Highspot Lands $9.6M to Improve Sales, Marketing Content

Salespeople in large companies may have hundreds of thousands of individual pieces of marketing content to choose from when pitching a customer. Highspot, a Seattle startup announcing a $9.6 million Series A funding round, wants to help them pick the best one.

The investment is being led by Madrona Venture Group and will help the company add features and ramp-up marketing of its business-to-business focused software, which solves a problem that co-founder and CEO Robert Wahbe encountered as a sales and marketing leader at Microsoft.

A company’s marketing department is supposed to make content that the salespeople use to engage customers and ultimately close deals. But Wahbe says, “Those organizations have no visibility about what each other is doing.”

Salespeople don’t know if they’re picking the best presentation materials for a given customer, and the marketers don’t know if the content they’re producing is effective. In a large organization, this content may consist of hundreds of thousands of case studies, brochures, data sheets, white papers, best practices documents, customer presentations, and so on, Wahbe says.

Wahbe

Wahbe

Highspot digests that content and tracks how customers use it, providing feedback to salespeople in real time. Say a salesperson at a laboratory equipment supplier emails a PowerPoint presentation to a senior vice president of a mid-sized European pharmaceutical company. Highspot monitors whether the executive opened the email and then opened the presentation. Did she look at a specific slide? Did she forward it to a colleague? Did she open a link to other materials?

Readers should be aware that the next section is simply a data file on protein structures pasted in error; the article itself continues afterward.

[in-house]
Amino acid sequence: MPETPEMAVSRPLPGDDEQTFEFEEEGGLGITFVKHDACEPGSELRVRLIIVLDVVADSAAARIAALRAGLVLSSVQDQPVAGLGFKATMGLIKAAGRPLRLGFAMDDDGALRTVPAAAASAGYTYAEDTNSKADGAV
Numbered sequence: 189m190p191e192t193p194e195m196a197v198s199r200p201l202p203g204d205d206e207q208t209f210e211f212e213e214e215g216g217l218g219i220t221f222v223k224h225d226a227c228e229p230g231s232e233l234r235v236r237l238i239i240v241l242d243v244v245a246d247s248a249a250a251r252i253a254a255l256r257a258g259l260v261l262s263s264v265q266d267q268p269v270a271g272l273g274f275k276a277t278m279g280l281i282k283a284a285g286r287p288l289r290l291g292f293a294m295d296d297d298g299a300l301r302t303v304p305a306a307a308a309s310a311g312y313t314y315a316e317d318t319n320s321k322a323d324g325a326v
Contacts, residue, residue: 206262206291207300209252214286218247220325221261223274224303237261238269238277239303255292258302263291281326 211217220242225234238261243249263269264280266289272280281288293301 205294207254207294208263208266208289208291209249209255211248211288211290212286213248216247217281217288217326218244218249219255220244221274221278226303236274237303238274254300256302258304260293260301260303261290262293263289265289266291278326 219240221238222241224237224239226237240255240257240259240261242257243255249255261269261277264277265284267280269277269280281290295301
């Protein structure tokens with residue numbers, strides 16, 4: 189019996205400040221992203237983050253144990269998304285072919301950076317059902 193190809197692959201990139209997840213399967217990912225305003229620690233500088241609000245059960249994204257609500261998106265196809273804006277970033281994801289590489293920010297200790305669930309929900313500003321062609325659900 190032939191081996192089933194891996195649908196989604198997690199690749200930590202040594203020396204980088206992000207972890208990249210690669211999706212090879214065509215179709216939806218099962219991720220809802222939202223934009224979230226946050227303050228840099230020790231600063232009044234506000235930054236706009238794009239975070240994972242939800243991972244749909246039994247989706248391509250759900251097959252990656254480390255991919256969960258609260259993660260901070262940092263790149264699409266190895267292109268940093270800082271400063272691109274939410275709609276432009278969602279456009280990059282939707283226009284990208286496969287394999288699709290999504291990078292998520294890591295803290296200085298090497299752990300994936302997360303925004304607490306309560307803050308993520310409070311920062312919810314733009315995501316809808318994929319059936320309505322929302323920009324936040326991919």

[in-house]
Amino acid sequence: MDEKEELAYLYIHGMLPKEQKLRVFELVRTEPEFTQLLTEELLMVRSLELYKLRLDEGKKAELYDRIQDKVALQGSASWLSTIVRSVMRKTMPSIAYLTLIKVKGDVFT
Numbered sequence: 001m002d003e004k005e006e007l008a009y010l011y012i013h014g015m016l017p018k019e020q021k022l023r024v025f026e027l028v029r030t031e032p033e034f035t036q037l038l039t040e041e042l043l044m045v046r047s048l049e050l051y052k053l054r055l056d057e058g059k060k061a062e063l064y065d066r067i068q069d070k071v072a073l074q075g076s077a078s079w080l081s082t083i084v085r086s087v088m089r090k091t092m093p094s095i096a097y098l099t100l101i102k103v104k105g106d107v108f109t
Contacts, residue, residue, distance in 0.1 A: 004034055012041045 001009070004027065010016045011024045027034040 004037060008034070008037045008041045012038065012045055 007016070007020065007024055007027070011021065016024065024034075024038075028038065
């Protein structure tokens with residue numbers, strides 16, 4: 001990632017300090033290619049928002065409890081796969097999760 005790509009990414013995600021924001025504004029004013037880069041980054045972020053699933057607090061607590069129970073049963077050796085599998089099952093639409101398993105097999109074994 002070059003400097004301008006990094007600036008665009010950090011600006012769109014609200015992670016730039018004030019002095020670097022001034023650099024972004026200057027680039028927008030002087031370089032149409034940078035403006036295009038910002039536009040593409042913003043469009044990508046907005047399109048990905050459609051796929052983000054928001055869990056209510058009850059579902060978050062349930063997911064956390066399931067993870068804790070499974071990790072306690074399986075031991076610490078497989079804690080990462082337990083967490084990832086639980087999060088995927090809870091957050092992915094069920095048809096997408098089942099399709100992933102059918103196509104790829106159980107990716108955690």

The company’s software integrates with Salesforce customer relationship management tools—though it also works without Salesforce—to associate that specific presentation with the European pharma company’s customer record. It can then track whether a given piece of content helped or hurt a particular sale.

That information is fed back into the Highspot system and aggregated with results from across the lab equipment company to score the presentation’s effectiveness. Other salespeople can now see what content is working for specific types of customers, and marketers can create more content like it. The aim is an ongoing cycle of improved content that’s more precisely targeted, Wahbe says.

The software is sold on subscription, with a mid-tier plan priced at $30 per user per month.

Highspot’s current customers include Parallels, Buuteeq (now a unit of Priceline), and sales and marketing consultant Lenati.

The company, which was founded in 2012 and raised $2.7 million in a convertible debt offering last year, has 15 employees in its Belltown offices.

Benjamin Romano is editor of Xconomy Seattle. Email him at bromano [at] xconomy.com. Follow @bromano

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